British Rail Class D3/12

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Southern Railway diesels 1–3
British Rail Class D3/12[1]
Ex-SR 0-6-0 Diesel-electric shunter 15202 at Hither Green Locomotive Depot, looking north-east in the Locomotive Yard. 12 March 1960
Type and origin
Power typeDiesel-electric
BuilderSouthern Railway, Ashford Works
English Electric Co. Ltd, Preston Works
Order numberSR A936/37
Build date1937
Total produced3
 • Whyte0-6-0DE
Gauge4 ft 8+12 in (1,435 mm) standard gauge
Wheel diameter4 ft 6 in (1.372 m)
Minimum curve3 chains (198.00 ft; 60.35 m)
Wheelbase11 ft 6 in (3.505 m)
Length30 ft 3.25 in (9.227 m)
Width8 ft 5.5 in (2.578 m)
Height12 ft 9 in (3.886 m)
Loco weight55 long tons 5 cwt (123,800 lb or 56.1 t)
56.1 t; 61.9 short tons
Fuel capacity600 imp gal (2,700 L; 720 US gal)
Prime moverEnglish Electric 6K
Traction motorsEnglish Electric, 2 off
MU workingNot fitted
Train heatingNone
Performance figures
Maximum speed30 mph (48 km/h)
Power outputEngine: 350 bhp (260 kW)
Tractive effort30,000 lbf (133.4 kN)
ClassBR: D3/12; later 3/9A
  • SR: 1–3
  • BR: 15201–15203
DispositionAll scrapped

British Rail class D3/12 was a class of three experimental diesel-electric shunting locomotives designed by Richard Maunsell of the Southern Railway in 1937. They quickly proved their effectiveness, but the Second World War prevented more of them being built. Oliver Bulleid based the British Rail Class 12 on them in 1949.

Background and Construction[edit]

Once the UK economy began to improve in the mid 1930s, the Southern Railway had further need for heavy shunting locomotives in its marshalling yards around London. The Z class steam locomotives had proved successful for this task but Maunsell wanted to compare their performance with diesel-electric alternatives. He therefore sought authorisation for the construction of three experimental locomotives for use in the busy Norwood marshalling yard where there was a continuous need for such locomotives. No private manufacturer was in a position to build the new locomotives and so they were jointly constructed by the Southern Railway's Ashford works, who constructed the framing, cabs and bodywork, and English Electric Ltd of Preston, who fitted the traction motors. The three locomotives were also provided with duplicate controls to enable them to be driven by one man from either side of the cab. They were delivered during September and October 1937.[2]


After a few teething problems, the class quickly proved the advantages of diesel electric shunters in terms of effectiveness, cost-saving, and driver comfort. Although at £7,275 they cost £1,100 more to build than a Z class steam locomotive, each one saved about £1,700 per year in operating costs. They could be used continually day and night for six days each week at Norwood without any service requirement beyond refuelling.[3] They were however found to be too slow for their secondary task of freight transfers around the congested passenger lines in the London area, although perfectly well suited to this traffic on rural lines.

As a result of these experiments Maunsell's successor, Oliver Bulleid, received authorisation to build a further eight members of the class in July 1939 but this order was quickly cancelled as a result of the outbreak of the Second World War.[4]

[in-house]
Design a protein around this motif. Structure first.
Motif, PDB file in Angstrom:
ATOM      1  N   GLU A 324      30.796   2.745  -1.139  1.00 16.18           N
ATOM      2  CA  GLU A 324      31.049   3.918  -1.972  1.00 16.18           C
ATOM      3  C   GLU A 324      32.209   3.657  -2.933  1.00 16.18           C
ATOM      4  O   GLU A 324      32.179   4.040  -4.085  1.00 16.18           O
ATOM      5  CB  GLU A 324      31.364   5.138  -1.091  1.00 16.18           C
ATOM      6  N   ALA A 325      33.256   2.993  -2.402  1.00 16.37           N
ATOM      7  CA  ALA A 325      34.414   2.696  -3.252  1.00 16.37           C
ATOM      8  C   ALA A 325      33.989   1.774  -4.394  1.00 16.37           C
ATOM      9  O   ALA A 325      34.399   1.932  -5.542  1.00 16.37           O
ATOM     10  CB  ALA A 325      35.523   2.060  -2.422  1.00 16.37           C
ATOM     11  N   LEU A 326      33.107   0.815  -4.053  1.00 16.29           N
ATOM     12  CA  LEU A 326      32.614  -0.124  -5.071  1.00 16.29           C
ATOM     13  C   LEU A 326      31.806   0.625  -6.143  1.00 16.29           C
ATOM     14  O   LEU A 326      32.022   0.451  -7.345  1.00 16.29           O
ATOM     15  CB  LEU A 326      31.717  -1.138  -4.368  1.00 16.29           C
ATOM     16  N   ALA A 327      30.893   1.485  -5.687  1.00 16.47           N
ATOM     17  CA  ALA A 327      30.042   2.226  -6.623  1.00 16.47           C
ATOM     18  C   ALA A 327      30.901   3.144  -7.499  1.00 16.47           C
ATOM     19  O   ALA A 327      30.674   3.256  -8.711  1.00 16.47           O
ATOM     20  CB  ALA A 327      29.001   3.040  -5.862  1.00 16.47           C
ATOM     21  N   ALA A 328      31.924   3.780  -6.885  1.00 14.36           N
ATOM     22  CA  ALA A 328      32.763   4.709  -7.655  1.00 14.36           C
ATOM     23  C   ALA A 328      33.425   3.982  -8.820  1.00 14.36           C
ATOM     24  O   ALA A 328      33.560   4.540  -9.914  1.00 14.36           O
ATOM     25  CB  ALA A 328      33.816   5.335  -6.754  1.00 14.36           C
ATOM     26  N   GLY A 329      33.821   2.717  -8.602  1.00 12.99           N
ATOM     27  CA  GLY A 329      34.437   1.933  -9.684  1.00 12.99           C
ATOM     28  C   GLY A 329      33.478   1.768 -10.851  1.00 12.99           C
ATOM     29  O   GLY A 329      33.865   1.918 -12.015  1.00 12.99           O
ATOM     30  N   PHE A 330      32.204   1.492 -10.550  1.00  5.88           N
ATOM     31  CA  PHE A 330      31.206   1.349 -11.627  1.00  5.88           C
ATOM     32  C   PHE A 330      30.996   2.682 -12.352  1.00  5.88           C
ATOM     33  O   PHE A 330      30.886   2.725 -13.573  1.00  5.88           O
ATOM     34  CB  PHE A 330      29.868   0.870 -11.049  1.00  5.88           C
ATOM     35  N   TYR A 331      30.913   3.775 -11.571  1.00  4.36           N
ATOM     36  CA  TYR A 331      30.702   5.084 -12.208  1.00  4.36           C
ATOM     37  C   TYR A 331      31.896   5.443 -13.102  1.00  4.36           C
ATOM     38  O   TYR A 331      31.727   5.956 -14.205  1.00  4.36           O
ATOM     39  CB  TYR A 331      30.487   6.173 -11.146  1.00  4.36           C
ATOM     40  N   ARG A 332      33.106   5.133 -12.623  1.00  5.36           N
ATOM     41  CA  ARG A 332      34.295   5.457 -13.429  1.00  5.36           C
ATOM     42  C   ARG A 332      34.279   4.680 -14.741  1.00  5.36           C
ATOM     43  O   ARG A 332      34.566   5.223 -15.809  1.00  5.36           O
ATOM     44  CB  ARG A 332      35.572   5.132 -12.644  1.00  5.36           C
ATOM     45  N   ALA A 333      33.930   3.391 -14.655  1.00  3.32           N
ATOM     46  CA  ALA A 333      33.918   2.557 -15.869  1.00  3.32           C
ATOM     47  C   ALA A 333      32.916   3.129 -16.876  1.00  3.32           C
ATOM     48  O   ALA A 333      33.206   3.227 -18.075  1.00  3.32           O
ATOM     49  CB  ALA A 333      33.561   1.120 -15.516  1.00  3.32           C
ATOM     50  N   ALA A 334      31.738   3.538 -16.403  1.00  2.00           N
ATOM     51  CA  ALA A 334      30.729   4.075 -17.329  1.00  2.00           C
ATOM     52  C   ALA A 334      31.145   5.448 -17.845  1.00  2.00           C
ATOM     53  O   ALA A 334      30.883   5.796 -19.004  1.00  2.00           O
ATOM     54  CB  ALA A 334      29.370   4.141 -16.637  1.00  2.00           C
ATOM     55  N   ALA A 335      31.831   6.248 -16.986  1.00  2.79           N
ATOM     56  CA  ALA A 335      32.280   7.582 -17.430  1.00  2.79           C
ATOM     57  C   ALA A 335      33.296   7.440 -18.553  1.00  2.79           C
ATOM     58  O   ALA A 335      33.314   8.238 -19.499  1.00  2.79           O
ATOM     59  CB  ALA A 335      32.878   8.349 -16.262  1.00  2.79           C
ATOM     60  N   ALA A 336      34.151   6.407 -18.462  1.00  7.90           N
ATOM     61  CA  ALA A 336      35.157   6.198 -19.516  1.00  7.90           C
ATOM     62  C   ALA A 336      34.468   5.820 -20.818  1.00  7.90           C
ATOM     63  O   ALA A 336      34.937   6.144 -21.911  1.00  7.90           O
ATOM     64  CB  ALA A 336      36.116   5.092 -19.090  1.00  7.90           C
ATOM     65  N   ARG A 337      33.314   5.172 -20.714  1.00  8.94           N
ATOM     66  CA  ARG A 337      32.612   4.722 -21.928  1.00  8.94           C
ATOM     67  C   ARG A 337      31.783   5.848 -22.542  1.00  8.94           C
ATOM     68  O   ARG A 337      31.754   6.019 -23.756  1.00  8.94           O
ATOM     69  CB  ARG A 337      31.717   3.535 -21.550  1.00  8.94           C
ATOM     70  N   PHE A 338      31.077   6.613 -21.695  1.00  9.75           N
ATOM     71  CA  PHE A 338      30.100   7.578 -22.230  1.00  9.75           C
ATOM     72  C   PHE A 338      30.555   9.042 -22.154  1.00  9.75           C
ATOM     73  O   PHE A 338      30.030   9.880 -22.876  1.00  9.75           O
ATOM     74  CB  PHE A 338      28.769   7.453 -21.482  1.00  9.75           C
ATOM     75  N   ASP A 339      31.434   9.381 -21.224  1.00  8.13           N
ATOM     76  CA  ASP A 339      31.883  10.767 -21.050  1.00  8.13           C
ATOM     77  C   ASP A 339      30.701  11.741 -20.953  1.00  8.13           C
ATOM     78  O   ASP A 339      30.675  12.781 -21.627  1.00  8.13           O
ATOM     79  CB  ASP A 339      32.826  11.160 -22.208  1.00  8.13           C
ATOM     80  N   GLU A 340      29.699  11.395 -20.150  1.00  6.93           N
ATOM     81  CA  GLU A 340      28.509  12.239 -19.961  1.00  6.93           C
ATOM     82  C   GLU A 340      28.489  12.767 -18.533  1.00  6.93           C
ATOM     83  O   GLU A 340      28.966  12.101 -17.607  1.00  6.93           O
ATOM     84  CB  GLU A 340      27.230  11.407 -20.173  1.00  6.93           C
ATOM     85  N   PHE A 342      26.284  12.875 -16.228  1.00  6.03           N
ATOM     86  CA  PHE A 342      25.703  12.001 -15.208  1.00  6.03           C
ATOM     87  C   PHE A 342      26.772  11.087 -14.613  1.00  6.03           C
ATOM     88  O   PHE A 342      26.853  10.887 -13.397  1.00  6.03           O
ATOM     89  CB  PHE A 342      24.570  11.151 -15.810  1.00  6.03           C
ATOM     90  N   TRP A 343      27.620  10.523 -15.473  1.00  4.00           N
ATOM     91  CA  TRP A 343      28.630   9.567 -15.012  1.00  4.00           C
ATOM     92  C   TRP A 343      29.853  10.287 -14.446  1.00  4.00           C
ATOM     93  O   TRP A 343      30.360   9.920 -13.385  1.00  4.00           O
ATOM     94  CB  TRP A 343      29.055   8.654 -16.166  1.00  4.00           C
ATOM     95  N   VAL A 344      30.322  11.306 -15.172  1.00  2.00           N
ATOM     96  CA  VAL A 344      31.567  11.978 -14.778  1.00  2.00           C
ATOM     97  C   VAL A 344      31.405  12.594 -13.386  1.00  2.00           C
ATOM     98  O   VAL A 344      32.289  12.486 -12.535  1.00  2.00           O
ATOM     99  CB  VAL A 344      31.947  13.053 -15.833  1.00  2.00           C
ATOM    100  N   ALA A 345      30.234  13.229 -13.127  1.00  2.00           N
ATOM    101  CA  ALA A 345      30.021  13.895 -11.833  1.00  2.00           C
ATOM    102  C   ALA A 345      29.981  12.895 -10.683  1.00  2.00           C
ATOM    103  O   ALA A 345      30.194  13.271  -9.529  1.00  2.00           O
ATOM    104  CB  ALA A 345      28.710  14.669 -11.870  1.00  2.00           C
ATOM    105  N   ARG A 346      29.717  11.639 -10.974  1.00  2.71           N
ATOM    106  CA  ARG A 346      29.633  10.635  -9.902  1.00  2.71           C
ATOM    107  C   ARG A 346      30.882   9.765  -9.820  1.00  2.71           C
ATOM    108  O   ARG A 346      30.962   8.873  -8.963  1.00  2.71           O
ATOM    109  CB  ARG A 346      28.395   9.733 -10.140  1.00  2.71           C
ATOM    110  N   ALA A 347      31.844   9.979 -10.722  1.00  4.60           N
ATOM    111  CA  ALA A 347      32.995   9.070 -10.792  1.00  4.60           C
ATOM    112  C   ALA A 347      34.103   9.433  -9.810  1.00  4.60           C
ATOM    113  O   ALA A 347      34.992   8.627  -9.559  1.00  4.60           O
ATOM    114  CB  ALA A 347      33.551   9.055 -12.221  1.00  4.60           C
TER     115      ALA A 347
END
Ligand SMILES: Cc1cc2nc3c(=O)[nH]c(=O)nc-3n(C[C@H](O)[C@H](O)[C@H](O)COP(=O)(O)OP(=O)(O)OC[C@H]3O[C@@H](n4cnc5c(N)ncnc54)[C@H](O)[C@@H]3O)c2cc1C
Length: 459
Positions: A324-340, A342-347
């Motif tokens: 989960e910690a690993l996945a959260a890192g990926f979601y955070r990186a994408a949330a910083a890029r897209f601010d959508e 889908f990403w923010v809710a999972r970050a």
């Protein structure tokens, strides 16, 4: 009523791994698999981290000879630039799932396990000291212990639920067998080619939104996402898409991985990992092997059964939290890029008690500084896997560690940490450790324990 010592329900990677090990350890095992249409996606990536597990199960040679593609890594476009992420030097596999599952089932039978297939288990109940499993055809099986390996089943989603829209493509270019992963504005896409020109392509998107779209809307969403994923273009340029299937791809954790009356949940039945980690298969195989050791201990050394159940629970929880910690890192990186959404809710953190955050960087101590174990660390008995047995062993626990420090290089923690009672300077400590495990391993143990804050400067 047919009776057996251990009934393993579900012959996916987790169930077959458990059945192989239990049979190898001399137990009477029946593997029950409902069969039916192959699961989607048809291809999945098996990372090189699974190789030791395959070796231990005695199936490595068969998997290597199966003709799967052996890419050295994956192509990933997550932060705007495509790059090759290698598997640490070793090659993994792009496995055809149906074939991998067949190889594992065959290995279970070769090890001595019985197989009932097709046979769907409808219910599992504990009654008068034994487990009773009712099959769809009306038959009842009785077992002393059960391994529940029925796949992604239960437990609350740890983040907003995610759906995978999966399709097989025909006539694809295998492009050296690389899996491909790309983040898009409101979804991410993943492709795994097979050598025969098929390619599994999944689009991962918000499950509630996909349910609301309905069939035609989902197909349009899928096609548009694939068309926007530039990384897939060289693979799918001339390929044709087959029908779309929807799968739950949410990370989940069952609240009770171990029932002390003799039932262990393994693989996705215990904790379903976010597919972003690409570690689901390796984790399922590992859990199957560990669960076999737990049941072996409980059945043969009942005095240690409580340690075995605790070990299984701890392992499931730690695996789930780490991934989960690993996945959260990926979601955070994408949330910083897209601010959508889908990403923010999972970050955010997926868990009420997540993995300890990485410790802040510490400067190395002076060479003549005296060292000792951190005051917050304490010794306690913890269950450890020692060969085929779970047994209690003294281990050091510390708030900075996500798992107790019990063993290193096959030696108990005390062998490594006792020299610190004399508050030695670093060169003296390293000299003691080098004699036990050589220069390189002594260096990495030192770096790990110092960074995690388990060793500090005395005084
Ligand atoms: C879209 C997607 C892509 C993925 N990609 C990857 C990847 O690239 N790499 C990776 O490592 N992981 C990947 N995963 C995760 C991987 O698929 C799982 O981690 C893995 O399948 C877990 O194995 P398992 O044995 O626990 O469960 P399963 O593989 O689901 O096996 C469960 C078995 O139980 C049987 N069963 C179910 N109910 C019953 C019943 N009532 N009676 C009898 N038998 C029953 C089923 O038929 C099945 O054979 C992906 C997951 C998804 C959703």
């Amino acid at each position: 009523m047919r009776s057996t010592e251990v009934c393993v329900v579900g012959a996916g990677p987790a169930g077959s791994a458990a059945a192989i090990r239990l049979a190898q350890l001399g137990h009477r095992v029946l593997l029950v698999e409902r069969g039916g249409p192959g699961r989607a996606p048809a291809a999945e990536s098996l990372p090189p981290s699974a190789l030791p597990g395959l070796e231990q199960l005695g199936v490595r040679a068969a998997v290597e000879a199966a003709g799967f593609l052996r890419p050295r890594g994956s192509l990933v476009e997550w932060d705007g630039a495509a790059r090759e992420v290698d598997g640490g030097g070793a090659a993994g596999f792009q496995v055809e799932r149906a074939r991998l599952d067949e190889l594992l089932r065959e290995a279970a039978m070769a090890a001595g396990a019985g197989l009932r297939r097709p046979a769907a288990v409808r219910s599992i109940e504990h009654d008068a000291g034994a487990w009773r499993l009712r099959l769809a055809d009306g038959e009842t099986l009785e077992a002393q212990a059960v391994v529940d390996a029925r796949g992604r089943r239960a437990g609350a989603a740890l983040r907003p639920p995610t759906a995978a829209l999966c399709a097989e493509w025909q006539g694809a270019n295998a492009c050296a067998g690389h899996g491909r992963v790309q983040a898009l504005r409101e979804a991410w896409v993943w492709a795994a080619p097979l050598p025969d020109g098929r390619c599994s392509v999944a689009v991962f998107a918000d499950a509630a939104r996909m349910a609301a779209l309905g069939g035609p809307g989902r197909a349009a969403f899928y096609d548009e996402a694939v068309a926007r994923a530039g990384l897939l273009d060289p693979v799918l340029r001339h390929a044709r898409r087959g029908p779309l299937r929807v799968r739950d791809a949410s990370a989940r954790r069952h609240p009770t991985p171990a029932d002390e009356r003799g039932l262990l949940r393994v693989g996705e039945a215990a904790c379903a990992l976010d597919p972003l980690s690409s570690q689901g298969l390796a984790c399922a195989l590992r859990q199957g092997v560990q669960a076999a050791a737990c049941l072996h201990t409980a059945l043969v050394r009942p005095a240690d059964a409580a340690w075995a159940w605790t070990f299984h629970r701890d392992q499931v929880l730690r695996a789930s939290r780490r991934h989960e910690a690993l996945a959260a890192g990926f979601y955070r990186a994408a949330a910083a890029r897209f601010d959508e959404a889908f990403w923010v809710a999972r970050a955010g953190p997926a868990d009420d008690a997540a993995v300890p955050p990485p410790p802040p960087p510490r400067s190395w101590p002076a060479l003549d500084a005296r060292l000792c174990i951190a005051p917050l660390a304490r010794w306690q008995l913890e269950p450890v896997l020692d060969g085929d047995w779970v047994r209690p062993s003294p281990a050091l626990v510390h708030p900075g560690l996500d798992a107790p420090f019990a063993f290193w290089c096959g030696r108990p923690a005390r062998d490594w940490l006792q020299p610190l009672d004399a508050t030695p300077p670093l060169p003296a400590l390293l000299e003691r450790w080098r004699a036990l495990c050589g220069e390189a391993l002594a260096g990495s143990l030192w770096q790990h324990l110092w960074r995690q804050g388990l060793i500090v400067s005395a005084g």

Between 1941 and 1945 the locomotives were commandeered by the War Department for use on the Martin Mill military railway to haul cross-channel gun installations and ammunition. (Diesel locomotives were required for this task as they would not give away their position to enemy gunners.) They were returned to the Southern Railway in 1945.[4]

Following the formation of British Railways in 1948, twenty-six similar, but lighter locomotives were constructed to Bulleid's design. These later became British Rail Class 12. The three original locomotives continued their traditional work around London. Two of the locomotives were however loaned to the Western Region between 1951 and 1953 for use at the Acton marshalling yard. After replacement at Norwood by more modern locomotives they worked as shunters at Hither Green marshalling yard, at Eastleigh and Ashford works. One was also tried out at Lancing Carriage Works in 1961 as a replacement for the aged "Stroudley Terrier" but was found to be too slow.

Although they were still in good operating condition, the locomotives were withdrawn in November and December 1964, as by then the Southern Region had many modern replacements. None have been preserved.


The original intention was to number the locomotives 958 to 960, following on from the steam locomotives of the Z class, but as delivered they were numbered 1 to 3 in a separate list from the SR's steam locomotives.[3] They were later renumbered by British Railways 15201–15203.[5]

See also[edit]


  1. ^ Details from Marsden 1981, pp. SR: 1–3
  2. ^ Bradley 1975, pp. 51–53.
  3. ^ a b Bradley 1975, p. 51.
  4. ^ a b Bradley 1975, p. 52.
  5. ^ Bradley 1975, p. 53.


  • Bradley, D. L. (1975). Locomotives of the Southern Railway. Railway Correspondence and Travel Society. ISBN 0-901115-30-4.
  • Marsden, Colin (1981). The diesel shunter: a pictorial record. Oxford: Oxford Publishing Company. ISBN 0860931080.
  • Strickland, David C. (September 1983). Locomotive Directory: Every Single One There Has Ever Been. Camberley: Diesel and Electric Group. p. 63. ISBN 978-0-906375-10-5. OCLC 16601890. OL 27959920M. Wikidata Q105978499.
  • Ian Allan ABC of British Railways Locomotives, winter 1962/3 edition, page 229